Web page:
Shell has been one of the major laggards among oil “supermajors.” Will the BG Group buyout finally be the jumpstart it needs?Shell-BG-buyout

The big news of late among energy stocks is that Royal Dutch Shell (NYSE: RDS-A) is forking out some $70 billion to buy up BG Group (OTC: BRGYY). Shell’s offer is a heck of premium – 50% higher than where BG was previously trading.

The BG buyout will make Shell the second largest oil company in the world, behind Exxon Mobil (NYSE: XOM). In fact, it’s the largest deal in the oil and gas industry since the Exxon and Mobil merger.

This could finally be a turning point for Shell. Recall that Shell was struggling even when oil prices were $100 a barrel, which comes after a number of big, unfruitful bets on shale plays.

But one of the big questions surrounding the BG buyout is what does it say about the current state of U.S. shale that Shell opted to buy an international player instead of a company in the fast growing shale market in the United States?

As mentioned, Shell has been burned with bets on shale before. The BG deal will boost Shell’s oil and gas reserves by over 25%, with the key being that it will give Shell a major boost in the liquefied natural gas (LNG) market.

My colleague Jonathan Yates highlighted why natural gas is so important for energy stocks, which is something Total SA (NYSE: TOT) is focusing on. Total is the Paris-based energy company that – like Shell and Exxon Mobil – is another major dividend payer, currently offering a 5.2% dividend yield .

In truth, Shell is making a bigger bet on faster growing international markets. As mentioned, BG Group will boost its natural gas presence, which comes as many countries are transitioning from coal to natural gas. It’s also undergoing a number of significant restructuring efforts after bringing in new CEO Ben van Beurden.

Shell is yielding an impressive 6.3%, which is the highest we’ve seen in nearly five years. And yet it has been one of the hardest hit energy stocks – shares are down nearly 10% year-to-date, which is one of the biggest declines of the major oil players.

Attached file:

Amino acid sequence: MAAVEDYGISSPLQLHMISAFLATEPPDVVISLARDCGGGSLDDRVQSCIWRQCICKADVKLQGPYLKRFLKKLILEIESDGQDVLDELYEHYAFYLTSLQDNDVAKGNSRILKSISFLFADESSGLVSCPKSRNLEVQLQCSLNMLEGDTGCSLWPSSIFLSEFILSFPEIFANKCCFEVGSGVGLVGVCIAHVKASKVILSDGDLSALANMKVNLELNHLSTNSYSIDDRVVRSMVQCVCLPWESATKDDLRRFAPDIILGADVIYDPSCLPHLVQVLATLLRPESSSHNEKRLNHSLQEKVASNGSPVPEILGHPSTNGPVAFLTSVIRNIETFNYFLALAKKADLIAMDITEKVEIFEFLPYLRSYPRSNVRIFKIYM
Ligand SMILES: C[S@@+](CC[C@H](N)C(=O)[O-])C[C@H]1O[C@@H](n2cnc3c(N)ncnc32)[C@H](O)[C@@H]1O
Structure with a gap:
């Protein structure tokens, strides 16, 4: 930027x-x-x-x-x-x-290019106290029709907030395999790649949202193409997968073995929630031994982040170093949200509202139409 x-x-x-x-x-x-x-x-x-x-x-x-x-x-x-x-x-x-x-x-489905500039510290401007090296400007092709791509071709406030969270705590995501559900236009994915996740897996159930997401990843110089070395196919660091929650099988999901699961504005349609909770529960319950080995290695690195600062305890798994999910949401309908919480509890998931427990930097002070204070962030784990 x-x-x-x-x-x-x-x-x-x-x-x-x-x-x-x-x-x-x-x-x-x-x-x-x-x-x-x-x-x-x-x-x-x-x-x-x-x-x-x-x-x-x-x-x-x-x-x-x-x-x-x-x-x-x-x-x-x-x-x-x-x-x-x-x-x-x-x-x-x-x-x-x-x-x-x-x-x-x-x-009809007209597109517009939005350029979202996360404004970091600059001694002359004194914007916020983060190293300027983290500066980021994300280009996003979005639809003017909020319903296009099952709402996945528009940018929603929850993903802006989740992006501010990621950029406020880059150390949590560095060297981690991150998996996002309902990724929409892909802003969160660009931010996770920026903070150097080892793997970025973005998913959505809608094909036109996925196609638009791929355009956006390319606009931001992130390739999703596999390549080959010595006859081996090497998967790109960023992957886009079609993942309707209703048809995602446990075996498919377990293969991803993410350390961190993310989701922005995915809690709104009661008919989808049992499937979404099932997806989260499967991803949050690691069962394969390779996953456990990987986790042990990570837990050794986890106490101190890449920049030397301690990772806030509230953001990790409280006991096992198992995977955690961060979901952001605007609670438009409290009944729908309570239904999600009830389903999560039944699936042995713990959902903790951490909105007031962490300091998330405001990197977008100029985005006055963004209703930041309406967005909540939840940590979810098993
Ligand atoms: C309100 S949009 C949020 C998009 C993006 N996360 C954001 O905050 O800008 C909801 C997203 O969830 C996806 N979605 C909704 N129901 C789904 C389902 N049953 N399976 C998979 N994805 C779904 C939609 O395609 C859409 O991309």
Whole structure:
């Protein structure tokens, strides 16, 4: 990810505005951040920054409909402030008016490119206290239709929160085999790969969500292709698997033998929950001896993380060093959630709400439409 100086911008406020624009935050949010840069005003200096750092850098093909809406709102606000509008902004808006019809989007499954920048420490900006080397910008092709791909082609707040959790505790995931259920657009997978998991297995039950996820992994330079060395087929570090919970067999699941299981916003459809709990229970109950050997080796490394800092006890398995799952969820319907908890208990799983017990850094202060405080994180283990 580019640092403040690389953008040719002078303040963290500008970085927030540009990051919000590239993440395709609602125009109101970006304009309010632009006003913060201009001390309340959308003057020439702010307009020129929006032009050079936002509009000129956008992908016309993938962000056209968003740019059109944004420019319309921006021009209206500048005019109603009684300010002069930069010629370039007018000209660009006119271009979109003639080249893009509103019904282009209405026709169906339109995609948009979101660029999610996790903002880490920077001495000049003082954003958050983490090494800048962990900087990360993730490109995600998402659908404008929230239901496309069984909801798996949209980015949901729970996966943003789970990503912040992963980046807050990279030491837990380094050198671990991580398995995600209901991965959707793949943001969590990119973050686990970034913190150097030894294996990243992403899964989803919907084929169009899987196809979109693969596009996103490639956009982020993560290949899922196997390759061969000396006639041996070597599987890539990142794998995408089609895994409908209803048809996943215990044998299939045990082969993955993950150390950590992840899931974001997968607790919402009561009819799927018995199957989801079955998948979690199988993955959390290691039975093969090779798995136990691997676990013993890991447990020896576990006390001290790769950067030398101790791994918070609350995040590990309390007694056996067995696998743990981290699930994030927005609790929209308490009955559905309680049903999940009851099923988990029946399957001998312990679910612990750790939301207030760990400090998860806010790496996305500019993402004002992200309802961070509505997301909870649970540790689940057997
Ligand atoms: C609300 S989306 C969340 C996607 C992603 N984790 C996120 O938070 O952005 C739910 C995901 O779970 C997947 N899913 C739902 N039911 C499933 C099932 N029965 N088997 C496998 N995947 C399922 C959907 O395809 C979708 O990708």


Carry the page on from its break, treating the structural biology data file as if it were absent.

It’s also one of the cheapest, trading at a price/earnings ratio of less than 11 based on next year’s earnings estimates. Going forward, Shell is  planning to pay out $15 billion in dividends and buy back $25 billion worth of stock by 2020 – which would equate to nearly a third of its current market cap.

But, in truth, many of the oil and gas “supermajors” are enticing right now. I’ve talked about the benefits of biggest is best in oil.

The supermajors are a group that includes the world’s largest oil and gas companies, including the likes of BP PLC (NYSE: BP), Chevron (NYSE: CVX), Exxon Mobil, Shell and Total.

The two major U.S. oil and gas players are also offering yields that are tough to pass up. Chevron is yielding 4% and has upped its dividend for 29 straight years. Exxon Mobil offers a 3.2% dividend yield and has 32 consecutive years of dividend increases.

BP is interesting because it offers one of the highest dividends in the market, yielding an impressive 5.8%. BP is still trading well below where shares were priced before the Deepwater Horizon incident in 2010. But the company has been shifting vastly over the years, with the recent trend being its transition into a smaller, faster growing oil company. This includes selling off its refinery assets and essentially doubling down on heavy crude production in the U.S.

It remains to be seen whether the BG buyout is the start of the M&A boom much of the market has been waiting for in the oil and gas space.

But one thing remains: there are big dividends to be had among the oil supermajors. Right now, Shell appears to be one of the more interesting players.

Cheap Oil Here to Stay – For Now 

Crude hasn’t been this cheap since March 11, 2009. And it’s likely to stay low for a while. OPEC refuses to cut production. And US production is expected to increase – not decrease – an additional 600,000 more barrels a day. The Saudis have played this one wrong – and you could profit from their blunder. Click here for all the details.

Published by Wyatt Investment Research at